Just bought an Android phone and do not know where to start? This post is intended for you; you will find everything you need to know about your device to make the best of it. But first, a little theory to inform ourselves.
What is Android?
Android is a mobile operating system based on Linux which lets you perform actions as if you were using a PC. It is owned by Google, who in 2005 acquired Android Inc., and from that date onwards has never stopped improving it releasing new versions and updates regularly.
Android is an operating system completely open and free, which facilitates the development of applications and allows modifications and customizations to taste. This coupled with a simple programming language has given him a solid foundation for rapid growth in its community of developers and users, surpassing today the 700,000 applications. For more information you need to read our Android Dictionary. If you have not gotten your device and you’re wondering which one to choose, you need to read our post Best Android Phones 2012.
As I said earlier, Android was acquired by Google in 2005 and since then has been updated to different versions, but just as in the desktop computers (Windows XP, 7 or 8), not all Android smartphones have the same version and thus its functionality and performance vary. It usually depends on the release date of the device, as manufacturers try to launch its models with the latest version of Android.
The different versions of Android were launched progressively and are currently working mainly three: Android 2.3 Gingerbread, Android 4.0 Ice Cream Sandwich and Android 4.1 Jelly Bean. Note that there is a new version of Android 4.2 Jelly Bean but found only few devices operating in.
The evolution of Android has been rapidly in the last two years, and the user experience it offers currently it is far from previous versions, although the hardware requirements are higher as well as the knowledge of the user. Without going into technical details, the new versions of Android are always better than the previous ones because they are optimized in performance, battery consumption and fluidity of the user interface based on previous versions.
The difference between some versions is minimal, thus are considered “upgrades” rather than new versions such as the passage between Android 4.1 Jelly Bean to Android 4.2 Jelly Bean. You will notice that each version of Android has food name, and the current is called Jelly Bean. I recommend you click on the image above to see the evolution of Android.
It is easy to note that not all Android devices have the same user interface, and although they are all similar, has distinctive characteristics of each manufacturer. These interfaces are called layers, and each company has put their name: in the case of Samsung is called TouchWiz, in HTC is called Sense, Blur from Motorola or Optimus from LG.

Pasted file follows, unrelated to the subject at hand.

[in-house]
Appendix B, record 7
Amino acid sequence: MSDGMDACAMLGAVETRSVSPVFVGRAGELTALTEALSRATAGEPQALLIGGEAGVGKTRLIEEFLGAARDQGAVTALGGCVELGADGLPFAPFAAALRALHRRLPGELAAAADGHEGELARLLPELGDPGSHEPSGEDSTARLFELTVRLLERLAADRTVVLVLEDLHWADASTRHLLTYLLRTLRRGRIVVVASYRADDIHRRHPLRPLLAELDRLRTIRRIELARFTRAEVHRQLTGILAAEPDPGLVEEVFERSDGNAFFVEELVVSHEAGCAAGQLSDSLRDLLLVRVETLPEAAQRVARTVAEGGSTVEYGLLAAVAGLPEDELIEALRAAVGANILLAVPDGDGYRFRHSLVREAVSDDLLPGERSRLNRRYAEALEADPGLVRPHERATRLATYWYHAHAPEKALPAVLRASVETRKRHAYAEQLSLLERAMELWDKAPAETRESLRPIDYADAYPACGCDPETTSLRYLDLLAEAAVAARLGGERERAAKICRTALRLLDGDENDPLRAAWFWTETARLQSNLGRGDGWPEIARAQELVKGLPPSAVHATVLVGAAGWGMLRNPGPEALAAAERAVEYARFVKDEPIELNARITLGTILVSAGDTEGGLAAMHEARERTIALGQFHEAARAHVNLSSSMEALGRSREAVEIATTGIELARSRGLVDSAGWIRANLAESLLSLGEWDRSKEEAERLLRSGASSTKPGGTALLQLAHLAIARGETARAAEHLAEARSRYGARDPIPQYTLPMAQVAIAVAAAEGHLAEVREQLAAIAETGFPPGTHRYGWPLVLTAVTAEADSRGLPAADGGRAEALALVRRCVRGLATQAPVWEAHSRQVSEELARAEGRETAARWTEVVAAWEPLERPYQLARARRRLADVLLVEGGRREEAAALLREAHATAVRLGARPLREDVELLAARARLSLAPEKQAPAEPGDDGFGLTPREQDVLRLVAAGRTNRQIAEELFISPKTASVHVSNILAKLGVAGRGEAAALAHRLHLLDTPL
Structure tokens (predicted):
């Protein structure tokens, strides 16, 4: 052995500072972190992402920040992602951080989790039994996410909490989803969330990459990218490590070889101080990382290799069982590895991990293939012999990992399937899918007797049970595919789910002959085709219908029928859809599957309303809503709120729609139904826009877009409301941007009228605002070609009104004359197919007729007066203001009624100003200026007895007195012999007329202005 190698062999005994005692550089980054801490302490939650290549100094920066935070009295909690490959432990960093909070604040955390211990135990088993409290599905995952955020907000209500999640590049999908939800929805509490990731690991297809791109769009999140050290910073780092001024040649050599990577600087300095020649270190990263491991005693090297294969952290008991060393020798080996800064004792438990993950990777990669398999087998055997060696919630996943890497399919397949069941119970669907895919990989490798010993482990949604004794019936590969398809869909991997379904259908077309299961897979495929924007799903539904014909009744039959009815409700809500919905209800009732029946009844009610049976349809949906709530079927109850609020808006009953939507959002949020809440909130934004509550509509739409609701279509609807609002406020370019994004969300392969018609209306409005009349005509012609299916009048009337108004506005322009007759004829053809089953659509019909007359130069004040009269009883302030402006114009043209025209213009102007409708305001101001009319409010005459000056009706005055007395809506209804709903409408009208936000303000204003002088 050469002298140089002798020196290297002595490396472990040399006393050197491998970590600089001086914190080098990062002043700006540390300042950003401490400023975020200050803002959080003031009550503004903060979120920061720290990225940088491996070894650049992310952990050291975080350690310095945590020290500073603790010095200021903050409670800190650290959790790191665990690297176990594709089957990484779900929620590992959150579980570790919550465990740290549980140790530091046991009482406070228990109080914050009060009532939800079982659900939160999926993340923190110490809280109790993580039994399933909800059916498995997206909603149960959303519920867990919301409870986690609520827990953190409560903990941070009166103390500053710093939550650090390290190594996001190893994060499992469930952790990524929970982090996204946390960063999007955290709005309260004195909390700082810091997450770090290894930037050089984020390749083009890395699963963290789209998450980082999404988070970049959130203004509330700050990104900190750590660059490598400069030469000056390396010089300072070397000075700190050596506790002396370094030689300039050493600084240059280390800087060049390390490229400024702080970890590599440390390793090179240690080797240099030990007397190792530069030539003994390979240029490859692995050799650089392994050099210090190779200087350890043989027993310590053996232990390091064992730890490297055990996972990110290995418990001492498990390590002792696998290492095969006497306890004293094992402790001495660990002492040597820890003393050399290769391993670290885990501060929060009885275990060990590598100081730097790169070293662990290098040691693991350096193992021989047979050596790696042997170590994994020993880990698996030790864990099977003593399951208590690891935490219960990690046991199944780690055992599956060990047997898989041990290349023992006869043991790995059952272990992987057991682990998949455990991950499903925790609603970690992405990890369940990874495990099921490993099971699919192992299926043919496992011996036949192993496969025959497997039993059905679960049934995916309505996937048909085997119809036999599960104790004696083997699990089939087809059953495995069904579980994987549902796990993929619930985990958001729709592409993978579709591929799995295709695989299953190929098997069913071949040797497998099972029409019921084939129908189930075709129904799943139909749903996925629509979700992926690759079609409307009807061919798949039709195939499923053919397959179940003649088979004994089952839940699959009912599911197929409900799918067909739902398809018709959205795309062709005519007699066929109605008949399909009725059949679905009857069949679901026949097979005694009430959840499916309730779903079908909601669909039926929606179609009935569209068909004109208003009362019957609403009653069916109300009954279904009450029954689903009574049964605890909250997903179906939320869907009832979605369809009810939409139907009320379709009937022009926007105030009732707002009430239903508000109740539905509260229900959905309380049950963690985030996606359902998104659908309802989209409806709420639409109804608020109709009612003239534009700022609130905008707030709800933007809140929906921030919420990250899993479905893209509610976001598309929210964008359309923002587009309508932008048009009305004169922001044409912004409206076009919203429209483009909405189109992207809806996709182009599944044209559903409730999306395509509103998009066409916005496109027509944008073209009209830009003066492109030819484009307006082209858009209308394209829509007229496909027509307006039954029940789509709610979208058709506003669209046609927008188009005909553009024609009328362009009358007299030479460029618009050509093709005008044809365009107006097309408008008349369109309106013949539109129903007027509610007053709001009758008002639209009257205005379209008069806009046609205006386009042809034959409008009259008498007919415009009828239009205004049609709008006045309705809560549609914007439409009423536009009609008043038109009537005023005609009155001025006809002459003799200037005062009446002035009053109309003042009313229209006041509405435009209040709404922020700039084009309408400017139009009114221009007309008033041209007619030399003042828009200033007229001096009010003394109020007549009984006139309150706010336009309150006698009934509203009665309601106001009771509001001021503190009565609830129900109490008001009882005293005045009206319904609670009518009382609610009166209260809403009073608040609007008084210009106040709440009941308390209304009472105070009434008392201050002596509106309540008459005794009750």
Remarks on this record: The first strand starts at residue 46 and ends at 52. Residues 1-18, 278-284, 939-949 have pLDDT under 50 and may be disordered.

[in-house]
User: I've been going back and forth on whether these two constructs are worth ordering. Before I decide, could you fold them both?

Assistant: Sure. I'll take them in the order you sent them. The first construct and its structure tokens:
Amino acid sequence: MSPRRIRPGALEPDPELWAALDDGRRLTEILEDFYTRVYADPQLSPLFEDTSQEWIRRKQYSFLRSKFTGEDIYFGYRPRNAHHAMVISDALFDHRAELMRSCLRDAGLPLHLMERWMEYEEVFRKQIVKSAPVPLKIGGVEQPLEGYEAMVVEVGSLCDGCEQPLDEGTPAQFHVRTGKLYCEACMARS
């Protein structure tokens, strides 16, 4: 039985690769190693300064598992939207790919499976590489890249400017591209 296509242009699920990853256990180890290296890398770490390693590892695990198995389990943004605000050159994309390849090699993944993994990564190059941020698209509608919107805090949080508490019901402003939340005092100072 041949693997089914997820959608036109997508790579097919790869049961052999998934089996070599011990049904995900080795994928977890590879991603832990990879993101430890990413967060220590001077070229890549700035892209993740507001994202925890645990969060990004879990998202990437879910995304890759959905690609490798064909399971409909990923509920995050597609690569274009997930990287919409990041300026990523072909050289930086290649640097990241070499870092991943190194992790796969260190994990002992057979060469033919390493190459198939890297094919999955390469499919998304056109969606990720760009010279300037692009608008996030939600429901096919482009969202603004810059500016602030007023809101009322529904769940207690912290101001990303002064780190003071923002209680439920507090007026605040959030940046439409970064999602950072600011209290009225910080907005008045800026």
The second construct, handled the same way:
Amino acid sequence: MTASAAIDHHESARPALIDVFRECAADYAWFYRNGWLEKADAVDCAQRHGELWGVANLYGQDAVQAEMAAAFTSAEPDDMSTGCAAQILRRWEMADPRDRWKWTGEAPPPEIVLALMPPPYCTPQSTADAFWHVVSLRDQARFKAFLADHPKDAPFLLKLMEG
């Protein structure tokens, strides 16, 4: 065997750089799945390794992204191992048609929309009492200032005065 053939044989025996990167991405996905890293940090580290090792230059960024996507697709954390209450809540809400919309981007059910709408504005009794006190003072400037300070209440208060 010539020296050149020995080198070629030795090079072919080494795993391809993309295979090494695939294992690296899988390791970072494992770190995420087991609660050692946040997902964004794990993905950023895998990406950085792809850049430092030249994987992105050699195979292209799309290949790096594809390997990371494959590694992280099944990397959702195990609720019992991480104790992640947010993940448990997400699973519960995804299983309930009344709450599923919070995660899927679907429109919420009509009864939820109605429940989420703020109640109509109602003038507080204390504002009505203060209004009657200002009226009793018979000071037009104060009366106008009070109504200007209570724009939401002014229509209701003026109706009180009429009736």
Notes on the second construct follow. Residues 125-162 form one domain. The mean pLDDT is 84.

These layers are embedded in the operating system, offering applications and services of each company but which are unrelated to Android. These layers what they do is “mediate” between the user and Android to offer, in theory, a more personalized user experience for the device. It’s as if your computer had a program to run over Windows that handles almost all functions of the computer, but we can not access them from the “source” or “core” of the same.
When we buy a device with cost reduction through a contract with carriers is likely to find that these devices bring with them applications or portals their own of that carrier. An example would be if we get a Samsung Galaxy S3 with a contract of Verizon or AT&T, this one will certainly brings the operator applications that you can not delete unless you do a process called root that you can find in this section: How to Root.
You can also remove the layer of the manufacturer, and while is a process a bit more complex in time you will realize that one of the advantages of Android is its immense capacity for customization and optimization. But enough theory for now, on to the action.
Android for Beginners
Starting with Android: Google Account
The first thing we must do is create an account on Google, if already have it you can use the existing if desired. The Google account is essential because from it will enter the Google Play Store which is the Google application market where we can download thousands of applications like Facebook, Twitter, Angry Birds, WhatsApp and more.
With the Google Account we may also sync our contacts and calendar existing in Gmail hence if our device astray or is broken for any reason, we will not lose this valuable information. All you have to enter is a username, password, and contact number for confirmation of the account, we recommend a second e-mail in case you need to recover the password or data. You can see how to add a Google account on a Samsung Galaxy S3 in the video below.